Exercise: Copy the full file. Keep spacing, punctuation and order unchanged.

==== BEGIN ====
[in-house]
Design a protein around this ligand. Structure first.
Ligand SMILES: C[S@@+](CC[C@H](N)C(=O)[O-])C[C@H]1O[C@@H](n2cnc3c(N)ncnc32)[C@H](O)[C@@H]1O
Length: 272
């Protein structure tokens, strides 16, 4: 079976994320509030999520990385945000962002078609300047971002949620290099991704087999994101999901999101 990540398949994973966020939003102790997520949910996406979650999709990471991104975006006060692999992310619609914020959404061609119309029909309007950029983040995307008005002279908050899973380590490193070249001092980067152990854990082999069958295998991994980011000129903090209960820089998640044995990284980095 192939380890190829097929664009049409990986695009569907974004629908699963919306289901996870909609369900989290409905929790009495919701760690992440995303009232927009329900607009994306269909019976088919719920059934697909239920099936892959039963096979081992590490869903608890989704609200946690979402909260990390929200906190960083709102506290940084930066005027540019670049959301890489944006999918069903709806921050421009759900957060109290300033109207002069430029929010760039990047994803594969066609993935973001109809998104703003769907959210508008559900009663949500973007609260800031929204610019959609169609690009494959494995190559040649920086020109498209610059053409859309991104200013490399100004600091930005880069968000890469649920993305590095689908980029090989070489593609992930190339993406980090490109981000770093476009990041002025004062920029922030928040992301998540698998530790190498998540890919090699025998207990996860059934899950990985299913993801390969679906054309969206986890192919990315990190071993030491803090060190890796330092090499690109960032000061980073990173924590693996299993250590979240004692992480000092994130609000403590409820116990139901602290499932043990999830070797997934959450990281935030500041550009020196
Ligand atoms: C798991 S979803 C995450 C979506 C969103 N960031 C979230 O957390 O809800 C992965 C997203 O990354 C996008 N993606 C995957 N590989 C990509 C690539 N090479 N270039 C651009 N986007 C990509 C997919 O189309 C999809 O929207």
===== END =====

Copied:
[in-house]
Design a protein around this ligand. Structure first.
Ligand SMILES: C[S@@+](CC[C@H](N)C(=O)[O-])C[C@H]1O[C@@H](n2cnc3c(N)ncnc32)[C@H](O)[C@@H]1O
Length: 272
């Protein structure tokens, strides 16, 4: 079976994320509030999520990385945000962002078609300047971002949620290099991704087999994101999901999101 990540398949994973966020939003102790997520949910996406979650999709990471991104975006006060692999992310619609914020959404061609119309029909309007950029983040995307008005002279908050899973380590490193070249001092980067152990854990082999069958295998991994980011000129903090209960820089998640044995990284980095 192939380890190829097929664009049409990986695009569907974004629908699963919306289901996870909609369900989290409905929790009495919701760690992440995303009232927009329900607009994306269909019976088919719920059934697909239920099936892959039963096979081992590490869903608890989704609200946690979402909260990390929200906190960083709102506290940084930066005027540019670049959301890489944006999918069903709806921050421009759900957060109290300033109207002069430029929010760039990047994803594969066609993935973001109809998104703003769907959210508008559900009663949500973007609260800031929204610019959609169609690009494959494995190559040649920086020109498209610059053409859309991104200013490399100004600091930005880069968000890469649920993305590095689908980029090989070489593609992930190339993406980090490109981000770093476009990041002025004062920029922030928040992301998540698998530790190498998540890919090699025998207990996860059934899950990985299913993801390969679906054309969206986890192919990315990190071993030491803090060190890796330092090499690109960032000061980073990173924590693996299993250590979240004692992480000092994130609000403590409820116990139901602290499932043990999830070797997934959450990281935030500041550009020196
Ligand atoms: C798991 S979803 C995450 C979506 C969103 N960031 C979230 O957390 O809800 C992965 C997203 O990354 C996008 N993606 C995957 N590989 C990509 C690539 N090479 N270039 C651009 N986007 C990509 C997919 O189309 C999809 O929207």